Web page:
A new national survey to be released this week has found no statistically significant relationship between the total compensation of top healthcare executives and the financial performance of their hospitals.
The finding contradicts earlier studies by other accounting and consulting firms, probably because different samples or methodologies were used, the authors said.
However, it did show that better-performing hospitals were more likely to use incentives and bonus plans than poorer-performing hospitals. As a result, executives in better-performing hospitals have a higher percentage of their total compensation at risk. Executives at higher-performing hospitals get lower base salaries, but when bonuses are added, their total compensation is similar to colleagues at low-performing hospitals.
As the nation moves toward health reform, "you're going to see more and more of the total compensation pool put at risk," said William O. Cleverley, a professor of hospital and health services administration at Ohio State University and a founder of the Center for Healthcare Industry Performance Studies in Columbus, Ohio. The center conducted the survey with Ernst & Young's Actuarial, Benefits and Consulting Services division in Atlanta (See related story, p. 44).
MODERN HEALTHCARE obtained an advance copy of the study last week.
The idea of linking pay to performance is in its infancy in the tax-exempt healthcare industry, said Lee Ann Early, a principal with Ernst & Young. Hospital compensation committees, boards and senior executives can use the data as a baseline for establishing links between pay and performance, she said.
A hospital's size, measured by net revenue, remains the single most important factor in the level of executive compensation, according to the Ernst & Young and CHIPS report.
After adjusting for the effects of size, the compensation of hospital executives who run more profitable institutions is no different from that of their colleagues in poorer performing hospitals, the survey found.
The report provides compensation data for 15 top healthcare management positions at 175 hospitals and health systems. Salaries were in effect as of July 1, 1993; bonuses reflect actual amounts paid in the prior 12 months. Executive compensation data are presented for three separate categories of providers: stand-alone hospitals, hospitals within multihospital systems and corporate offices of multihospital systems.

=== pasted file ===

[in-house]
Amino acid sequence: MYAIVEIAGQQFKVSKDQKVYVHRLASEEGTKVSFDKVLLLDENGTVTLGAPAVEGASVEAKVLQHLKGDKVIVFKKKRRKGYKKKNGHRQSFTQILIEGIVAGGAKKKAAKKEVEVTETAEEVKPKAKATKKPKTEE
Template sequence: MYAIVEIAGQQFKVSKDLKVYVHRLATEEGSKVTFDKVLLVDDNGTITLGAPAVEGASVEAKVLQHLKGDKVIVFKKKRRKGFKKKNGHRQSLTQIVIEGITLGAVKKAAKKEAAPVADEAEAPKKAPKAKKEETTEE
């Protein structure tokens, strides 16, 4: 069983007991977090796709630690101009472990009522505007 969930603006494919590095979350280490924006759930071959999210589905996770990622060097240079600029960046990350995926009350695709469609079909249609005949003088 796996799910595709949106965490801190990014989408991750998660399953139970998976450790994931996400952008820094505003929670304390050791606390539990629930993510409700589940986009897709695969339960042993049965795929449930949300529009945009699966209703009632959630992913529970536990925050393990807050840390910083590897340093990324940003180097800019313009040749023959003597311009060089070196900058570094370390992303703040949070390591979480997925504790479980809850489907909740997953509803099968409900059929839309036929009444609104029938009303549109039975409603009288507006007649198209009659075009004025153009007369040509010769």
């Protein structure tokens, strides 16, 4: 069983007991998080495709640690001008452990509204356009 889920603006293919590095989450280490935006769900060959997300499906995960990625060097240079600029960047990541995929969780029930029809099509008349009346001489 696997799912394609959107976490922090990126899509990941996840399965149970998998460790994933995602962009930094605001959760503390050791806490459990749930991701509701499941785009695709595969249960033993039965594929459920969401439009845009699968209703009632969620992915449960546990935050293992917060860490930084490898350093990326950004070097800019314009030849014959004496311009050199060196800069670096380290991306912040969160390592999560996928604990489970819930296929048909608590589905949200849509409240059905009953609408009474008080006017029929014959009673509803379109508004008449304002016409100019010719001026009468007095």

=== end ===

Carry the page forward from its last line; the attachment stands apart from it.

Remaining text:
To remove regional differences, the Ernst & Young and CHIPS study uses wage index-adjusted data.
The survey differs from past Ernst & Young compensation surveys because it uses return on investment to measure and compare financial performance within executive compensation levels. The authors considered return on in-vestment, rather than operating margins, the better measure of financial performance because it reflects "the critical effects of investment decisions."
Hospitals with good operating margins aren't in a good financial position if their level of investment in assets, such equipment and receivables, is excessive, Mr. Cleverly said.
In the report, hospitals are grouped into low-, middle- and high-performance categories based on whether their return on investment ranked among the lowest 25%, middle 50% or top 25% of hospitals.
The average compensation, including base salary and bonus, for a CEO at a stand-alone hospital was $209,700 at a middle-performance hospital. That compares with $186,500 at a low-performance hospital and $184,000 at a high-performance hospital. Compensation levels for CEOs at multifacility systems and corporate headquarters also had no relationship to financial performance.
Similar results were reported for almost all of the 15 job categories. For example, the top finance executive at a stand-alone hospital earned an average of $132,400 at a middle-performance hospital, while colleagues at low-performance and high-performance hospitals earned an average of $120,800 and $114,700, respectively.
For a few job categories, the survey did show a rise in compensation for executives at better-performing hospitals. However, such links weren't consistent throughout all the positions, and the degree of the correlations wasn't statistically significant, Ms. Early said.